Note that economy class passengers may only check 2 pieces with combined dimensions of 107 inches. So subtracting the 62 inch bicycle, that means that any other item you check may only be 45 inches combined height + length + width. I'm certain that my panniers lashed together exceed that dimension by a few inches. Hopefully they won't notice.

Wayne Estes Mundelein, IL, USA

Wayne Estes, April 27, 2003


My girlfriend and I recently flew with our bikes via ATA and I thought I would share our experience.

ATA's bike policy is probably the simplest out there. It costs $50 each way. The requirements do not require that you box your bike. You are simply required to remove the pedals and turn the handlebars. We both rode touring bikes and were not required to turn the handlebars. You may box your bike if you wish.

Before boarding the plane we chose to remove the chain and rear derailleurs (we figured this was the most vunlerable spot on the bike). On our trip back we did not remove any components.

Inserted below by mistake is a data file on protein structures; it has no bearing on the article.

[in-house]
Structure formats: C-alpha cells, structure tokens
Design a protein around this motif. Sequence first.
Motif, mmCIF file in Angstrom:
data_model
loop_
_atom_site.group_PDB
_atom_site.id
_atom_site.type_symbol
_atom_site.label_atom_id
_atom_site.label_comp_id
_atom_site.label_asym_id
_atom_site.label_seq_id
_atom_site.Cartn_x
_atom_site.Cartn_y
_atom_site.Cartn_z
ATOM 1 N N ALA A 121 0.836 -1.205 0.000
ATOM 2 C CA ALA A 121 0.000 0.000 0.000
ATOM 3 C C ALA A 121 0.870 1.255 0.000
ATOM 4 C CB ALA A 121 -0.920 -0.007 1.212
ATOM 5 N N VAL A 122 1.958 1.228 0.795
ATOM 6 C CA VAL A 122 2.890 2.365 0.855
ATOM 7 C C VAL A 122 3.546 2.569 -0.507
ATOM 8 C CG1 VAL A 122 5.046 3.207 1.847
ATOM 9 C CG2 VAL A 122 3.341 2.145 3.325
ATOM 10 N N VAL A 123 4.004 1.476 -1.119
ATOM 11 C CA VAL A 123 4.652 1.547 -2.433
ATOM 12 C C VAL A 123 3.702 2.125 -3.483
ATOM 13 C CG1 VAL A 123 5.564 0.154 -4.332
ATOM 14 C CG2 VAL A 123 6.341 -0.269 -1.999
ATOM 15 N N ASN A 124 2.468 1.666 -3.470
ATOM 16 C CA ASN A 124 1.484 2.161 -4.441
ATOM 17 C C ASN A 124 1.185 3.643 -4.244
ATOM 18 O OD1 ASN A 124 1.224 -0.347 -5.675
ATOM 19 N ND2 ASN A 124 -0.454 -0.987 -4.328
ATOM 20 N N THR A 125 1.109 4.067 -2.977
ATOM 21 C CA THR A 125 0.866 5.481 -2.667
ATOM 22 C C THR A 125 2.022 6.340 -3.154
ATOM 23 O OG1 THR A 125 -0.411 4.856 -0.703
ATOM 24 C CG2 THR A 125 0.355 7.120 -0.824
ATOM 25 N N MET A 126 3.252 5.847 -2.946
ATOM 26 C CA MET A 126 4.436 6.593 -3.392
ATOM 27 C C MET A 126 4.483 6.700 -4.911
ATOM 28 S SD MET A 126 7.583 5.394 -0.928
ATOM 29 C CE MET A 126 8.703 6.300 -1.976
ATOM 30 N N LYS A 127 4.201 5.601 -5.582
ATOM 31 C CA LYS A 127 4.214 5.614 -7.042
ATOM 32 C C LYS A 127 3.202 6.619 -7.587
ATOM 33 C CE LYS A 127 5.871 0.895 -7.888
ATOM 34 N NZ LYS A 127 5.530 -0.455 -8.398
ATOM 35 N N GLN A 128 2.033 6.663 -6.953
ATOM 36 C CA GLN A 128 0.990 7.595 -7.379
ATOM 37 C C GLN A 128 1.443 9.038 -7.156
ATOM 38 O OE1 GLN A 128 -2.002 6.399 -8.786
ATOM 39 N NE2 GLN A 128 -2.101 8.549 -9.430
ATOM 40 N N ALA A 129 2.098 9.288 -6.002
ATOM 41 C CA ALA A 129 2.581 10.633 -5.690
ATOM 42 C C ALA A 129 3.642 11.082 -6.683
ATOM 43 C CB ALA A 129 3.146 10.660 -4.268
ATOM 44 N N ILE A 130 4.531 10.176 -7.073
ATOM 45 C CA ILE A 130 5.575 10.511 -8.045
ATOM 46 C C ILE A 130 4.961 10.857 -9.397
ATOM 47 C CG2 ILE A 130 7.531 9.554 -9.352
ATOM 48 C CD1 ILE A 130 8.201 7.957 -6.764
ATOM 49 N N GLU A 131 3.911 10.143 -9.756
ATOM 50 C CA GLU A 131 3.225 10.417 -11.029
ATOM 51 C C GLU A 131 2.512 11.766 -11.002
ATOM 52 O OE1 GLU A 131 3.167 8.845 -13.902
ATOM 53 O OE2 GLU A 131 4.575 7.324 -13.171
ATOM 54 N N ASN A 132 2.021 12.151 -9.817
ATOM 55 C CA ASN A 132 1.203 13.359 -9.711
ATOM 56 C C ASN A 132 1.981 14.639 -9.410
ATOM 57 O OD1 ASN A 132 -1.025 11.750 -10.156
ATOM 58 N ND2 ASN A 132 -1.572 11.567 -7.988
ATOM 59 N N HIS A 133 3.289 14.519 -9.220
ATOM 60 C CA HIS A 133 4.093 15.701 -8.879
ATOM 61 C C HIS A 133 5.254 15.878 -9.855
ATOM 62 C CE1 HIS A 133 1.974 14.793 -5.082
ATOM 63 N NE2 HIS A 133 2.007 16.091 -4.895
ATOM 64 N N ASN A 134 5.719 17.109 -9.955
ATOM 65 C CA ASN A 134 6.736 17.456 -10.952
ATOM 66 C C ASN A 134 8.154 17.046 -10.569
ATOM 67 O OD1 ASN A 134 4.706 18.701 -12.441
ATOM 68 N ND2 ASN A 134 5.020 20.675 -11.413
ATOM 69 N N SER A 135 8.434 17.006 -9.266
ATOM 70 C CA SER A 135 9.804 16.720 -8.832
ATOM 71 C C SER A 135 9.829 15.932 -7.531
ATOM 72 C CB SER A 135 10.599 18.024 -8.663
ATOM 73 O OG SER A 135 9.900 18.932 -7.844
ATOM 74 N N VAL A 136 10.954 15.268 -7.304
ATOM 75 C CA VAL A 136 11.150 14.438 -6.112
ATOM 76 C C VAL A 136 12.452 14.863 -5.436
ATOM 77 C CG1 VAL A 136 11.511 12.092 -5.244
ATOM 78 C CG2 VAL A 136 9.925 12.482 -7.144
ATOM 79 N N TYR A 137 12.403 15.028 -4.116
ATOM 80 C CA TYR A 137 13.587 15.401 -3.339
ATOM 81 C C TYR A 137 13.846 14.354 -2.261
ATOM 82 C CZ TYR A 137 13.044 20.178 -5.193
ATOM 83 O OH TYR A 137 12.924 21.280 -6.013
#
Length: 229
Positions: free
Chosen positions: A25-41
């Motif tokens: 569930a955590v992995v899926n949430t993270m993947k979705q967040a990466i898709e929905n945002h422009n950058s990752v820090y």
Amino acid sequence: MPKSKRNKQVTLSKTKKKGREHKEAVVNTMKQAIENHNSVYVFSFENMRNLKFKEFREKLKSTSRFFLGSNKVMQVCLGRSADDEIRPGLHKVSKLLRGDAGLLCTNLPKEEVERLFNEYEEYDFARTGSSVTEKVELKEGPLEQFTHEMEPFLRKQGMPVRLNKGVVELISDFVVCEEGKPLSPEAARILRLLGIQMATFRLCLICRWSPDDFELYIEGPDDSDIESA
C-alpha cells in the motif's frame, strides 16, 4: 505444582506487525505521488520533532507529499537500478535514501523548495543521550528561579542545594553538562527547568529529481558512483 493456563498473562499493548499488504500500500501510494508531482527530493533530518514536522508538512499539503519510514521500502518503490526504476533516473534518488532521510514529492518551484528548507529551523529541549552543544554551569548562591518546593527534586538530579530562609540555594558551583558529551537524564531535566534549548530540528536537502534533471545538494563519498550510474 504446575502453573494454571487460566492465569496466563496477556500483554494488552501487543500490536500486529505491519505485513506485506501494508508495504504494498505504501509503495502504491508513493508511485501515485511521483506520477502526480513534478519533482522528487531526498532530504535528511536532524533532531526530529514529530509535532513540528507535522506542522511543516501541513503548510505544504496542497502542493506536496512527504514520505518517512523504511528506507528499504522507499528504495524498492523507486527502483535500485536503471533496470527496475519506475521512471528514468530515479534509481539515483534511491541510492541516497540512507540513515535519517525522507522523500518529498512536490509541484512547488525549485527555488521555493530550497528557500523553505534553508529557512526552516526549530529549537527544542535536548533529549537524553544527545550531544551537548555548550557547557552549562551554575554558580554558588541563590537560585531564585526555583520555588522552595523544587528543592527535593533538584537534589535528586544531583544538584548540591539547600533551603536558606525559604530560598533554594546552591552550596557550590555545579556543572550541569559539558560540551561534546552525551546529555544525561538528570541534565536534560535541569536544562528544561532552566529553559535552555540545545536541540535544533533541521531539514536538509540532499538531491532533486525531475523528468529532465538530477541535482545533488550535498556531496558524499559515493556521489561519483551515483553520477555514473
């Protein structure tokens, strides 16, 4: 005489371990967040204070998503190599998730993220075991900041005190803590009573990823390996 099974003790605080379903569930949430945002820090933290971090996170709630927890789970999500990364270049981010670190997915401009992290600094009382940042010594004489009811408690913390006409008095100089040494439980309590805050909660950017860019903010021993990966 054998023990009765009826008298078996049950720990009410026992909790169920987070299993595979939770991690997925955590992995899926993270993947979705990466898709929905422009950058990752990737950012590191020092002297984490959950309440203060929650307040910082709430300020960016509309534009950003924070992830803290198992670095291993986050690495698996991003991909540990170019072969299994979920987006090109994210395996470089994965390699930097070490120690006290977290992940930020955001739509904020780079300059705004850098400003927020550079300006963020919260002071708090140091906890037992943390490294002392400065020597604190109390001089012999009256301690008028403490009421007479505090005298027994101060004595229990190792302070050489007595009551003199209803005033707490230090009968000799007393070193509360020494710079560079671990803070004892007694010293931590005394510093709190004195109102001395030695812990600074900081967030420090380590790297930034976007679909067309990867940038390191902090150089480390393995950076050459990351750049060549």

I was amazed at how well our bikes were treated. I have flown with my bike before and I believe not having to box it is the way to go. Boxing is too much of a hassle and encourages the handlers to throw your bike around. Whereas if they see it is a bike they are more inclined to treat it better, I hope. The only damage our bikes received was a missing bar end cap and a small scratch on my rear rim. I can't be sure that the scratch was from the airline, but I don't remember seeing it earlier.

I hope this was helpfull. Good luck with your adventures.

Grant Davis, January 16, 2003

Seattle, Washington (SeaTac)

Found on: rec.bicycles.rides

If you are planing to bring your bicycle through the Seattle airport make sure to have it very well packed and protected. We just returned from a two week ride in Italy to see our bikes unloaded from the plane and thrown into and on top of the baggage cart. As the cart was towed into the baggage area we watched as my wife's bicycle fell off the top and land on the tarmac. Out of the 5 bikes we shipped 4 received significant damage in the hands of the SeaTac baggage handlers. If you are planning to visit the Northwest you might consider flying into either Portland or Vancouver BC and avoid SeaTac entirely.